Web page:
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Building Hugger finds opportunity in the historic preservation of Detroit structures

When Amy Swift moved back to Michigan in 2011, the newly minted Ivy Leaguer had a master's degree in historic preservation from Columbia University, but not much else.

"I wasn't sure what was next at that point," Swift says. But it didn't take long for the architect to fall in love with Detroit, so she launched her own business: Building Hugger.

"I was really inspired by the opportunities that were here," Swift says.

Building Hugger specializes in historic preservation. If that seems broad, then know that such a wide focus wasn’t accidental. Today the company specializes in everything from design to renovating distressed properties to refurbishing historic windows.

"I founded Building Hugger before I knew what the focus would be," Swift says. "I found a lot of different projects. Some have been successes. Some have been failures. Some have been both. It’s to the point where I now know exactly what Building Hugger is."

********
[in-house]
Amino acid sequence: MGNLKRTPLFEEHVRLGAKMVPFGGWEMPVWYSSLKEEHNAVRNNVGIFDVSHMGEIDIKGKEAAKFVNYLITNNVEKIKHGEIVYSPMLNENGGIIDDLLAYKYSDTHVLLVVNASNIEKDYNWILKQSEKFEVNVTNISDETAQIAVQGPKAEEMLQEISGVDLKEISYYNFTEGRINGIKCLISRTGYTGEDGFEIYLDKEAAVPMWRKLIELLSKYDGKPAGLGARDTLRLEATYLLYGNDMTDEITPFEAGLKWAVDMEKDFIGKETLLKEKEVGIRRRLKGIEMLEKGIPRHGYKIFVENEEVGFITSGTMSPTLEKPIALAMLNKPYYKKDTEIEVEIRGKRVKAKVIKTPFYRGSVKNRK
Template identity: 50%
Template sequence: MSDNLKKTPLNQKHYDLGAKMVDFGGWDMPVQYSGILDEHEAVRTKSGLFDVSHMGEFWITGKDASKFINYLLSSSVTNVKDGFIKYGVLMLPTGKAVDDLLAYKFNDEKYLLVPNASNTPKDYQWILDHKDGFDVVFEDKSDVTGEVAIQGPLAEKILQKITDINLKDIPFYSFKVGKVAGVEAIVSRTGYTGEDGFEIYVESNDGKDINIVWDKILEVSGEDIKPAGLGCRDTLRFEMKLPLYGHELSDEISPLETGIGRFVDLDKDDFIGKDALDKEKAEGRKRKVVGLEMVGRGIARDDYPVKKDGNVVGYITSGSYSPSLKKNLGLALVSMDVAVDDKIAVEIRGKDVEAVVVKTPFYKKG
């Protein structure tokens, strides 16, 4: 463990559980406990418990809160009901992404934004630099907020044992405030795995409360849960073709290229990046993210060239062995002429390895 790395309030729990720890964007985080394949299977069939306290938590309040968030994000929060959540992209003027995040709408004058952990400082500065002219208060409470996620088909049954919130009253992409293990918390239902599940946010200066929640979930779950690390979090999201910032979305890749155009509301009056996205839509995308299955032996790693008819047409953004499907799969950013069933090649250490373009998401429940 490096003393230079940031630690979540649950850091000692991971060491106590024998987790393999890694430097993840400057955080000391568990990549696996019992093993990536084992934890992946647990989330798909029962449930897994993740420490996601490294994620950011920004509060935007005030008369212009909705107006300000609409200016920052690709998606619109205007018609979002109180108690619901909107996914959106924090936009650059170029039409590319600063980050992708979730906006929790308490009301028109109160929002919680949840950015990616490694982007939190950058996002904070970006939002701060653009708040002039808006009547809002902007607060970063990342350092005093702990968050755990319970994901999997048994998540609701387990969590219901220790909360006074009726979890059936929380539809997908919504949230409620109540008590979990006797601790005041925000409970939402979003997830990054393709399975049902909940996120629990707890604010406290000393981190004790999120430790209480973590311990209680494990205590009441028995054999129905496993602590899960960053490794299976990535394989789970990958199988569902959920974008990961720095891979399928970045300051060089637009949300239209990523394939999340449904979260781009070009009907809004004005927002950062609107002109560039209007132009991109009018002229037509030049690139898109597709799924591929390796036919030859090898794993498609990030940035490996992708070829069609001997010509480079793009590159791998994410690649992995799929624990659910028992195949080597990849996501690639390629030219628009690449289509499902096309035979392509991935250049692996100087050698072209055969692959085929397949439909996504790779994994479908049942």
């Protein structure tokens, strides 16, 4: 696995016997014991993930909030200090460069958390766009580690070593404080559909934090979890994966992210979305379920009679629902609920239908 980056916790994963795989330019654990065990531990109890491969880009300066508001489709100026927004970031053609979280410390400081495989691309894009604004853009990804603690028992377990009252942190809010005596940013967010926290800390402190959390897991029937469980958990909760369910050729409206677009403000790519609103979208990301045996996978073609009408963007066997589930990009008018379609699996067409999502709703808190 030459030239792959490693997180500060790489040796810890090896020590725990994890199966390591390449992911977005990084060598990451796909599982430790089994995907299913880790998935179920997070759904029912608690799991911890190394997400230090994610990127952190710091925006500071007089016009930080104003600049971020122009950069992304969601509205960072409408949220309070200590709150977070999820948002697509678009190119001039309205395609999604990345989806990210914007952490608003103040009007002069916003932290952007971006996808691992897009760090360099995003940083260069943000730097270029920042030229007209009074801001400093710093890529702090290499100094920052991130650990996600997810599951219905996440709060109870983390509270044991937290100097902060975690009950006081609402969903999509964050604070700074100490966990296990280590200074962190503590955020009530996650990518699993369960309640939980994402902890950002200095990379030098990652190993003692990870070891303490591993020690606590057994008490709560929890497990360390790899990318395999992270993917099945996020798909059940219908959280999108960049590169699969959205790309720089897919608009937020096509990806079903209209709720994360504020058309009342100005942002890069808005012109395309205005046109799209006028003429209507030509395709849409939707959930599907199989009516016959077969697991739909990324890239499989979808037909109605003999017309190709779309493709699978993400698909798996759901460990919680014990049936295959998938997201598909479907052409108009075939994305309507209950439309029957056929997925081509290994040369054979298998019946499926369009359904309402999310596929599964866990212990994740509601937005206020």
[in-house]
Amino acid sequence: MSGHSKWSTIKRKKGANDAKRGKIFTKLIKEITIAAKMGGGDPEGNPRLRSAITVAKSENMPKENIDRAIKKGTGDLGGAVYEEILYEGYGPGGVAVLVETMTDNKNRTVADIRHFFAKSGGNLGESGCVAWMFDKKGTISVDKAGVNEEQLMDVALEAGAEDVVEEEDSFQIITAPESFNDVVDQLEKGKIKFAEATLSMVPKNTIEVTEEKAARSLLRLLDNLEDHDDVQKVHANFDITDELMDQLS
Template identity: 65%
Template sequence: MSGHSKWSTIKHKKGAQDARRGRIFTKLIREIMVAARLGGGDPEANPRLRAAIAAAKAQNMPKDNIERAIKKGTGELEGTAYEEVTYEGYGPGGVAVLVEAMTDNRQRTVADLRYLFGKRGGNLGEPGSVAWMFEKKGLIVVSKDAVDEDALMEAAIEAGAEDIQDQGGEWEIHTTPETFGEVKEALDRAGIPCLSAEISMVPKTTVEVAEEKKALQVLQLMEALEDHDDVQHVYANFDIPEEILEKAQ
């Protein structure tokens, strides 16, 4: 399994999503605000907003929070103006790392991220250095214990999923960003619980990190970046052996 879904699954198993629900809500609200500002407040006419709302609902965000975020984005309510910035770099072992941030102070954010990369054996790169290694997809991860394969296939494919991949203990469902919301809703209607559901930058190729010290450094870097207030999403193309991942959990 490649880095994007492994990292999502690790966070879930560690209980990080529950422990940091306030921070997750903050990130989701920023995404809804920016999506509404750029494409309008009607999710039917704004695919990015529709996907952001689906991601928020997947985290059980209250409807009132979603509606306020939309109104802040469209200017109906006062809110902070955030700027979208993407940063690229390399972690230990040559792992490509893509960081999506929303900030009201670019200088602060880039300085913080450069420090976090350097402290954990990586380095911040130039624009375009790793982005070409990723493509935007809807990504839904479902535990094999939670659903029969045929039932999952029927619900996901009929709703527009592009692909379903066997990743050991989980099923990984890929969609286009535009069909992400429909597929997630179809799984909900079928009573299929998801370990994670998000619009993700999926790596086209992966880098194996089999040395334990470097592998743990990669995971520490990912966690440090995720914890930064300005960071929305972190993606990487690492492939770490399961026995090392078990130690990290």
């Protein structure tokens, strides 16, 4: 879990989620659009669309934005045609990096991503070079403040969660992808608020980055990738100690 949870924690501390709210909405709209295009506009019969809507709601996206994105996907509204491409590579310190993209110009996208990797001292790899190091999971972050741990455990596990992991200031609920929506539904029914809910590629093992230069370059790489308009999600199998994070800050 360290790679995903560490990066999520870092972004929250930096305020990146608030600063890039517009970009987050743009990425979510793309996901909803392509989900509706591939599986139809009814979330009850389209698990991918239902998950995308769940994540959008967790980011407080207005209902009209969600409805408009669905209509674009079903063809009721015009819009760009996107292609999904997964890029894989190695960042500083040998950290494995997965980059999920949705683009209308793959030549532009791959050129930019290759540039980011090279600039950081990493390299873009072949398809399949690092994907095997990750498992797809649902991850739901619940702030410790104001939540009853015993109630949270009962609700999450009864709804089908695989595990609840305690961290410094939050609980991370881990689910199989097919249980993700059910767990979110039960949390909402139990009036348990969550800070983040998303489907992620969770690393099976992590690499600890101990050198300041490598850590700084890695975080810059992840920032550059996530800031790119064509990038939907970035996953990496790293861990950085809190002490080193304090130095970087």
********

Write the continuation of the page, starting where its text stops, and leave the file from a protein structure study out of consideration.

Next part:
The Detroit resident has participated in a recent auction of tax foreclosed properties and is working on rehabbing a couple of single family homes -- one at the front and the other at the rear of the same lot -- near Clark Park in southwest Detroit. You can check out the business plan for the project here.

Swift also is working in a number of construction trades, taking a special interest in window restoration. She has recently been working on restoring the windows of the Venture For America house in Virginia Park, and is taking on more similar projects.

"There is a lot of room for growth in this area," Swift says.

Source: Amy Swift, founder & principal of Building Hugger
Writer: Jon Zemke

Read more about Metro Detroit's growing entrepreneurial ecosystem at SEMichiganStartup.com.
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